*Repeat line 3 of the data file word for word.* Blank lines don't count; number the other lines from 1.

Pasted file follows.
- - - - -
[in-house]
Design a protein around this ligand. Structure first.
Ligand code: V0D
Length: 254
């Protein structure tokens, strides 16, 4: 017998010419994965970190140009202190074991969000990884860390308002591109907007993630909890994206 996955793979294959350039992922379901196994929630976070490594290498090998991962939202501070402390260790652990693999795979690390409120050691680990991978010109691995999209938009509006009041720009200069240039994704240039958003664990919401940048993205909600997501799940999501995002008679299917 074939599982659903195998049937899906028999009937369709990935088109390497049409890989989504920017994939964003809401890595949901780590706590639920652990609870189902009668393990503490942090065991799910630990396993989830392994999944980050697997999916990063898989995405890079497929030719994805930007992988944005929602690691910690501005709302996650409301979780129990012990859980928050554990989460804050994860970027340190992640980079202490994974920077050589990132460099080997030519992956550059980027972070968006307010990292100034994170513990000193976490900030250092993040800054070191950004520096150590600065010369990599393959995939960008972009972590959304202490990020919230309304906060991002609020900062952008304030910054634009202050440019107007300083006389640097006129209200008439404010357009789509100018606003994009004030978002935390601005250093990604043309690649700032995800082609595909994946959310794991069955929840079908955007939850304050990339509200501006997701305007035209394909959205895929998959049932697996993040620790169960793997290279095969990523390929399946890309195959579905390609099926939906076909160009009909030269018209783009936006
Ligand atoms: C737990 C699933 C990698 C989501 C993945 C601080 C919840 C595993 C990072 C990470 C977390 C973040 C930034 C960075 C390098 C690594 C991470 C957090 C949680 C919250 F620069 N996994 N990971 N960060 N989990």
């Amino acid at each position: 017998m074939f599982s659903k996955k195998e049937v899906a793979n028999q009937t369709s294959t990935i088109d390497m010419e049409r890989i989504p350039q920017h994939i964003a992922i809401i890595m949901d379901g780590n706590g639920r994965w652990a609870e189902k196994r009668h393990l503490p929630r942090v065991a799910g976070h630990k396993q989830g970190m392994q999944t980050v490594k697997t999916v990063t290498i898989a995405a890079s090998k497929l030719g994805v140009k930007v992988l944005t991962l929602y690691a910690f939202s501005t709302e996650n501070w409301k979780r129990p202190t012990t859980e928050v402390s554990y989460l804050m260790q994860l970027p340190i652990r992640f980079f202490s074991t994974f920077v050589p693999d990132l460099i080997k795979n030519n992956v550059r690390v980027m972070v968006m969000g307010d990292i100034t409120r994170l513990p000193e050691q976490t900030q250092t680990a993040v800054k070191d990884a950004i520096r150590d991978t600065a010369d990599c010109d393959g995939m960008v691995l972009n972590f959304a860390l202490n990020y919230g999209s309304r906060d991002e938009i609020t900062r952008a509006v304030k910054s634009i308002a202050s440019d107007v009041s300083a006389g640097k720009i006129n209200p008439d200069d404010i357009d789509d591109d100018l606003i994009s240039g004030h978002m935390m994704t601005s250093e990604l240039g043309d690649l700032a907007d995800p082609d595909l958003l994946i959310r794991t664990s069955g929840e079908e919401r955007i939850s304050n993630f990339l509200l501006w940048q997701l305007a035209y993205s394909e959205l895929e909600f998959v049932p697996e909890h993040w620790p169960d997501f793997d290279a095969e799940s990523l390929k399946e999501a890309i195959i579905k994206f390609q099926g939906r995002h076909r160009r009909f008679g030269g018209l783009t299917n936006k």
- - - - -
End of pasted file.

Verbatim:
Ligand code: V0D